3. Prognosis of Glioblastoma With Oligodendroglioma Component is Associated With the IDH1 Mutation and MGMT Methylation Status1

    Science.gov (United States)

    Myung, Jae Kyung; Cho, Hwa jin; Kim, Hanna; Park, Chul-Kee; Lee, Se Hoon; Choi, Seung Hong; Park, Peom; Yoon, Jung Min; Park, Sung-Hye

    2014-01-01

    Glioblastoma (GBM) with oligodendroglioma component (GBMO) is a newly described GBM subtype in the 2007 World Health Organization classification. However, its biological and genetic characteristics are largely unknown. We investigated the clinicopathological and molecular features of 34 GBMOs and compared the survival rate of these patients with those of patients with astrocytoma, oligodendroglioma, anaplastic oligoastrocytoma (AOA), and conventional GBMs in our hospital. GBMO could be divided into two groups based on the presence of an IDH1 mutation. The IDH1 mutation was more frequently found in secondary GBMO, which had lower frequencies of EGFR amplification but higher MGMT methylation than the wild type IDH1 group, and patients with mutant IDH1 GBMO were on average younger than those with wild-type IDH1. Therefore, GBMO is a clinically and molecularly heterogeneous subtype, largely belonging to a proneural and classical subtype of GBM. The survival rate of GBMO patients itself was worse than that of AOA patients but not significantly better than that of conventional GBM patients. GBMO survival was independent of the dominant histopathological subtype i.e., astrocyte-dominant or oligodendroglioma -dominant, but it was significantly associated with the IDH1 mutation and MGMT methylation status. Therefore, GBMO should be regarded as a separate entity from AOA and must be classified as a subtype of GBM. However, further study is needed to determine whether it is a pathologic variant or a pattern of GBM because GBMO has a similar prognosis to conventional GBMs. PMID:25500080

  4. Prognosis of Glioblastoma With Oligodendroglioma Component is Associated With the IDH1 Mutation and MGMT Methylation Status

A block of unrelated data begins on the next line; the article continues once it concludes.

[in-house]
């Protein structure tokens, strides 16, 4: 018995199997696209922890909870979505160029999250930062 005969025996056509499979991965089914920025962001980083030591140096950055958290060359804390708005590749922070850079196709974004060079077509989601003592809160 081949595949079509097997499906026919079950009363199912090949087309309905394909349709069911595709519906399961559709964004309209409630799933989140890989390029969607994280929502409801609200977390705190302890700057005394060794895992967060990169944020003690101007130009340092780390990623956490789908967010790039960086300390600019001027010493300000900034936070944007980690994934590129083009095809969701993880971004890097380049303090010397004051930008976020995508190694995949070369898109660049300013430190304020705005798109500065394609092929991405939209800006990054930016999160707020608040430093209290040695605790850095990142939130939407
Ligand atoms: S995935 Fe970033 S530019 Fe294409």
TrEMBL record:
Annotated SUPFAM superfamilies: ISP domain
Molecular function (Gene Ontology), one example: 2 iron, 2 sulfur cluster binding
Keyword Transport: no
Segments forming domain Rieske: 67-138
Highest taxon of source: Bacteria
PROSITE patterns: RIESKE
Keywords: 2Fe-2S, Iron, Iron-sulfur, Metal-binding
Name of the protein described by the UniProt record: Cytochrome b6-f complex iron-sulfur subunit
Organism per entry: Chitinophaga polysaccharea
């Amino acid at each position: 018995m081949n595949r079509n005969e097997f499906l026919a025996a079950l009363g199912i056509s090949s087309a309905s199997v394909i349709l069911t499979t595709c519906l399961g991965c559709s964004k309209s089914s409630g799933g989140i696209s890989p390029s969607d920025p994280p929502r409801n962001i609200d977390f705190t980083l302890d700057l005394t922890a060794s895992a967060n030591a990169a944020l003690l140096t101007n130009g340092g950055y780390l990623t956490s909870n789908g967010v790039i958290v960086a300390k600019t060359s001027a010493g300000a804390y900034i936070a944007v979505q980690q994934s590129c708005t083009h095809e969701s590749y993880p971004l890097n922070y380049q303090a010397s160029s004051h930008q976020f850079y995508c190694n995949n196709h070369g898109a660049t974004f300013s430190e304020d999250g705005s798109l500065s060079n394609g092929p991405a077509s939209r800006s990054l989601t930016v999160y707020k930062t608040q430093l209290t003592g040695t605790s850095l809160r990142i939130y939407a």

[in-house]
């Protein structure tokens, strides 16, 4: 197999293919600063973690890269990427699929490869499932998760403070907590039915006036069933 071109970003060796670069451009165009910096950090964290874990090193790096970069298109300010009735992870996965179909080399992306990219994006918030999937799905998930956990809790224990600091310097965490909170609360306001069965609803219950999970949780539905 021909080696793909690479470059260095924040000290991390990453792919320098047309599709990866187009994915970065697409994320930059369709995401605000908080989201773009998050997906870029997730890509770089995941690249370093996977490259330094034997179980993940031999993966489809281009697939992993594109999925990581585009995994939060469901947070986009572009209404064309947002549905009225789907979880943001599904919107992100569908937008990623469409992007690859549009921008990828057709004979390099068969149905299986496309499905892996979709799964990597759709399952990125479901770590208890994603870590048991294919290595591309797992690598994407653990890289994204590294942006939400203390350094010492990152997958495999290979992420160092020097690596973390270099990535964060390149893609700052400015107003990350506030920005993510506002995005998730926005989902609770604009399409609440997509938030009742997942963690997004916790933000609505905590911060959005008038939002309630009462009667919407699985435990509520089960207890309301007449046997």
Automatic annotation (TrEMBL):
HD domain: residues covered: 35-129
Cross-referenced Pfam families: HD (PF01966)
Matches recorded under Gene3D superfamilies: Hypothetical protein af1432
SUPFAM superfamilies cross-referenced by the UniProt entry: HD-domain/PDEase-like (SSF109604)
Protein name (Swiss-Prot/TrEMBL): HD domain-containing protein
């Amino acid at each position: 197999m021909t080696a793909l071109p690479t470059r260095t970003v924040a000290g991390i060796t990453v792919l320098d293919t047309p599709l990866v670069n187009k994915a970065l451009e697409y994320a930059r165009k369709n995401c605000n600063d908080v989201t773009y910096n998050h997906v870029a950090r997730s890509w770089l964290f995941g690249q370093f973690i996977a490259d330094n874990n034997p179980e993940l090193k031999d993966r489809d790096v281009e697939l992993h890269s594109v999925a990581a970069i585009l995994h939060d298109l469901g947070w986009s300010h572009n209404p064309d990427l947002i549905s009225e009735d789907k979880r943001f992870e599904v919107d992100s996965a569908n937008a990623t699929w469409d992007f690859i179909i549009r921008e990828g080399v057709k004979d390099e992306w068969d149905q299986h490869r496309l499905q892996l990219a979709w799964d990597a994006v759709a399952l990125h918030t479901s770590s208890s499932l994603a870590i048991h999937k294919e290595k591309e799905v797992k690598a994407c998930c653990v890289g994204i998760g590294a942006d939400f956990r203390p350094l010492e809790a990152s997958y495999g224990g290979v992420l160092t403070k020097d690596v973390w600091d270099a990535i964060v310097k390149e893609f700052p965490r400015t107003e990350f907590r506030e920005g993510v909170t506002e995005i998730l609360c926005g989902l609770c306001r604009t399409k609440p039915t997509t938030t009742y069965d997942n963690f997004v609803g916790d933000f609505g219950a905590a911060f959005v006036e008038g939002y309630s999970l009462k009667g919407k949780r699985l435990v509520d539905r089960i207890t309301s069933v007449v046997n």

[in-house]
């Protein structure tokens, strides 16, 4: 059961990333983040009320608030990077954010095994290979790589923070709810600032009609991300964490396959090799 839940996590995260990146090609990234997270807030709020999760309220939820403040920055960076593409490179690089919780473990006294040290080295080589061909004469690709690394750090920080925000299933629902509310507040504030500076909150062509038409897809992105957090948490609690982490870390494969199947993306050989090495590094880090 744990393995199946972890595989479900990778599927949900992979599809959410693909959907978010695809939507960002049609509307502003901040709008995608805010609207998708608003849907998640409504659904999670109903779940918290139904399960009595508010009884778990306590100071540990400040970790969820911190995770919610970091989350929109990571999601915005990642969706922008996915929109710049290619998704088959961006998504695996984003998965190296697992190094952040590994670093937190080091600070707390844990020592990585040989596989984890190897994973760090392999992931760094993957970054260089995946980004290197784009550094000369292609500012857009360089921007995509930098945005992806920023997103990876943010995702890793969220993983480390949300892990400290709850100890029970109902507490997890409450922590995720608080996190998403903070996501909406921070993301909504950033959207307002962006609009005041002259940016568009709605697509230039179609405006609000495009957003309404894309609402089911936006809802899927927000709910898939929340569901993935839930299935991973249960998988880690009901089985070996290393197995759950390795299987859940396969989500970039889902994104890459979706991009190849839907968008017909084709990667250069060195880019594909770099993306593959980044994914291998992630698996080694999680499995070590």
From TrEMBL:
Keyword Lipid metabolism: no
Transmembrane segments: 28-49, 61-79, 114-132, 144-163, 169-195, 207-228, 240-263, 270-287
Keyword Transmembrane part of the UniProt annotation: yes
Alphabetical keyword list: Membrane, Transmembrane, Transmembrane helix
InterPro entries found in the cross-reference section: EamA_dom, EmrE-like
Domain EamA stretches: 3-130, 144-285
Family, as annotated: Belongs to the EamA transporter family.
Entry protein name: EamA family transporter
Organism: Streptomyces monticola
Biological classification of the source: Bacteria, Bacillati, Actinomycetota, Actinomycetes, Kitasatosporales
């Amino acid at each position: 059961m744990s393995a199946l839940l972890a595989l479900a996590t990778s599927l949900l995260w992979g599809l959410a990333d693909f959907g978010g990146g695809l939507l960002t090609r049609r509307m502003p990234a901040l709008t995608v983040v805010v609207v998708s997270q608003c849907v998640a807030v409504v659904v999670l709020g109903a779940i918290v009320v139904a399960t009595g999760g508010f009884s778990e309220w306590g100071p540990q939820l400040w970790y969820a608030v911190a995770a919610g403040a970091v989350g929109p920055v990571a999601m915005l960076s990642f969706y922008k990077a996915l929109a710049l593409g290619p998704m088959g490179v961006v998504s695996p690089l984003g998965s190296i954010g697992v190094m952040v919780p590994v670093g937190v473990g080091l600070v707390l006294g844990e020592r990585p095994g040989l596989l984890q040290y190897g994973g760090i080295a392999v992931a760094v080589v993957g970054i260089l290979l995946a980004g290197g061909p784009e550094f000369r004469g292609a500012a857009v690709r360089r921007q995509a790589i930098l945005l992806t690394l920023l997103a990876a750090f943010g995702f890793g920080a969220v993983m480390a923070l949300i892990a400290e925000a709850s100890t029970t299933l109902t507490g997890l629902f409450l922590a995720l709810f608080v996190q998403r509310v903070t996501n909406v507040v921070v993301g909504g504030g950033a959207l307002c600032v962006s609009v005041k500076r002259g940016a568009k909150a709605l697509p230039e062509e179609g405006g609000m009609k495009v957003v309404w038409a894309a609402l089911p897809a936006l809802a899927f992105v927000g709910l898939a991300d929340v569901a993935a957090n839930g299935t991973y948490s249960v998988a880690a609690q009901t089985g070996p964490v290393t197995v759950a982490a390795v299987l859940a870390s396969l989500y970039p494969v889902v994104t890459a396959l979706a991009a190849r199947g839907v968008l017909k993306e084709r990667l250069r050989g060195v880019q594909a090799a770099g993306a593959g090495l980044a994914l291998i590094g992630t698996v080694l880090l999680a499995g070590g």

Directory of Open Access Journals (Sweden)

    Jae Kyung Myung

    2014-12-01

    Full Text Available Glioblastoma (GBM with oligodendroglioma component (GBMO is a newly described GBM subtype in the 2007 World Health Organization classification. However, its biological and genetic characteristics are largely unknown. We investigated the clinicopathological and molecular features of 34 GBMOs and compared the survival rate of these patients with those of patients with astrocytoma, oligodendroglioma, anaplastic oligoastrocytoma (AOA, and conventional GBMs in our hospital. GBMO could be divided into two groups based on the presence of an IDH1 mutation. The IDH1 mutation was more frequently found in secondary GBMO, which had lower frequencies of EGFR amplification but higher MGMT methylation than the wild type IDH1 group, and patients with mutant IDH1 GBMO were on average younger than those with wild-type IDH1. Therefore, GBMO is a clinically and molecularly heterogeneous subtype, largely belonging to a proneural and classical subtype of GBM. The survival rate of GBMO patients itself was worse than that of AOA patients but not significantly better than that of conventional GBM patients. GBMO survival was independent of the dominant histopathological subtype i.e., astrocyte-dominant or oligodendroglioma -dominant, but it was significantly associated with the IDH1 mutation and MGMT methylation status. Therefore, GBMO should be regarded as a separate entity from AOA and must be classified as a subtype of GBM. However, further study is needed to determine whether it is a pathologic variant or a pattern of GBM because GBMO has a similar prognosis to conventional GBMs.

  5. Mutation Status and Immunoglobulin Gene Rearrangements in Patients from Northwest and Central Region of Spain with Chronic Lymphocytic Leukemia

    Directory of Open Access Journals (Sweden)

    I. González-Gascón y Marín

    2014-01-01